Depersonalization disorder is a dissociative disorder that is characterized by a sudden sense of being outside one’s self. This type of disorder makes the individual feel like they are observing their actions rather than actually taking part in them. For people with depersonalization disorder life feels like they are constantly or often watching a movie of themselves. This dissociative disorder may be accompanied by distortion of the size and shape of the body or of people or objects around the individual.
Dissociative Disorder Causes
Dissociative disorders are most the result of an individual trying to cope with a traumatic experience. These disorders may form in children who experience long term or chronic abuse physically, sexually or emotionally. People with dissociative disorders may or may not realize that they have a disorder and in many cases they do not realize that anything is wrong because the brain effectively masks the disorder as a way to cope.
During childhood the personal identity is still forming. As a child, the ability to step outside oneself is more possible than for an adult. This makes observance of trauma easy for a child to view as “happening to another person” other than themselves which is the beginning of a dissociative disorder. Children who learn how to dissociate in order to endure trauma for an extended period during their youth years can also use similar coping methods later in life during stressful situations.
Treatments for Dissociative Disorders
The most common treatment for dissociative disorders in psychotherapy. This type of therapy is usually conducted under the supervision of a counselor or therapist. Counseling provided at rehab centers by psychiatrists and mental health professionals can successfully help an individual suffering from dissociative disorders to regain control of the disorder and of life.
Psychotherapy for dissociative disorders involves techniques such as hypnosis that can help the individual to remember the traumatic events and to work through the experiences that caused the dissociative disorder in the first place. For people who suffer from dissociative disorders, therapy can be a very long and painful process. Remembering the events that triggered the disorder can rehash many old thoughts that have been covered up for many years as a result of the dissociative disorder.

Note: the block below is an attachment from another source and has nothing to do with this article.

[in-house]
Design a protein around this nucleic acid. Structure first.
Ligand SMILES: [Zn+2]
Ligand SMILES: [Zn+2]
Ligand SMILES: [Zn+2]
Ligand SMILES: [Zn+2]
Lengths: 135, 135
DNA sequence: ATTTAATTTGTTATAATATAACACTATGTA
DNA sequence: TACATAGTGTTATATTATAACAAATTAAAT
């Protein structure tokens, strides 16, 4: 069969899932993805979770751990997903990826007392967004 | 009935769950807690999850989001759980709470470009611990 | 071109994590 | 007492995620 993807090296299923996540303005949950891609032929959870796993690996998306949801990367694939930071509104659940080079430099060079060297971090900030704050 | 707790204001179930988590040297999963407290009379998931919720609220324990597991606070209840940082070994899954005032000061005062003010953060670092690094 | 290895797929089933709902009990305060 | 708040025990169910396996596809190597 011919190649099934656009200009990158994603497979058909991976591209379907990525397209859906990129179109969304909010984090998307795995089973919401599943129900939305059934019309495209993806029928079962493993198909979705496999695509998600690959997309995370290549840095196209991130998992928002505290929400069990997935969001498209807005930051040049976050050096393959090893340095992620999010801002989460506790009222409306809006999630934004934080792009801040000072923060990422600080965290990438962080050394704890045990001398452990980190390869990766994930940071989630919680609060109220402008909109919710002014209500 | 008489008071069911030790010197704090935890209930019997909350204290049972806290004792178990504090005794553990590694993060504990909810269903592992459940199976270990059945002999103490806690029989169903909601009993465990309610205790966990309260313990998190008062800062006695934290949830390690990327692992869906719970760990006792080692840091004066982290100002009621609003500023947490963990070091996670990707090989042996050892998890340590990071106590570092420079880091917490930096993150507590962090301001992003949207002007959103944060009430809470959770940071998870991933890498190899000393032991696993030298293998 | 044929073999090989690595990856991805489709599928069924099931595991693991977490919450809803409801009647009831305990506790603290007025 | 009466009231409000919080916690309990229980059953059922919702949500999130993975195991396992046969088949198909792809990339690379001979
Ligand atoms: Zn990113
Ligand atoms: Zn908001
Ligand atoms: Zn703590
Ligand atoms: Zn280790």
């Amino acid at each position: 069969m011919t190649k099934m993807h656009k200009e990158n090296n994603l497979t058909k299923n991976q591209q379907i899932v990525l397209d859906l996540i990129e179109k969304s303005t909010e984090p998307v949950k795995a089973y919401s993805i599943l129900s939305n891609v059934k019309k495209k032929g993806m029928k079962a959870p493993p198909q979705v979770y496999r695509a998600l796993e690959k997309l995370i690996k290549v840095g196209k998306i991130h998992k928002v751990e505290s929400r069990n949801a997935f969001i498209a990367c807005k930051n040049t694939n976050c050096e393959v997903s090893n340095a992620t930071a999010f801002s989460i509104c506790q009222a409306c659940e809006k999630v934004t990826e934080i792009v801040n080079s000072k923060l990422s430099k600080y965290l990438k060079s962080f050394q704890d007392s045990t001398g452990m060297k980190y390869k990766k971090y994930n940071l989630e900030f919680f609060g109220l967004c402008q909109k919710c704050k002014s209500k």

Other types of treatment for dissociative disorders may involved additional therapies such as creative art therapy or cognitive therapy as well as medication. Creative art therapy is used to help people who have difficulty expressing their thoughts to get the thoughts out creatively. Creative arts help the individual to increase awareness of themselves and to cope with the symptoms and emotions of traumatic experiences. Cognitive therapy may also be beneficial for people with dissociative disorders by offering them new ways to replace negative beliefs or behaviors with positive ones.
Antidepressants and anti anxiety medications may be prescribed to people who suffer from dissociative disorders. No medications can specifically treat dissociative disorders but certain medications may be able to help alleviate some of the adverse symptoms of the disorder. Tranquilizers may be prescribed to help control the mental health symptoms that have caused or are associated with the dissociative disorders.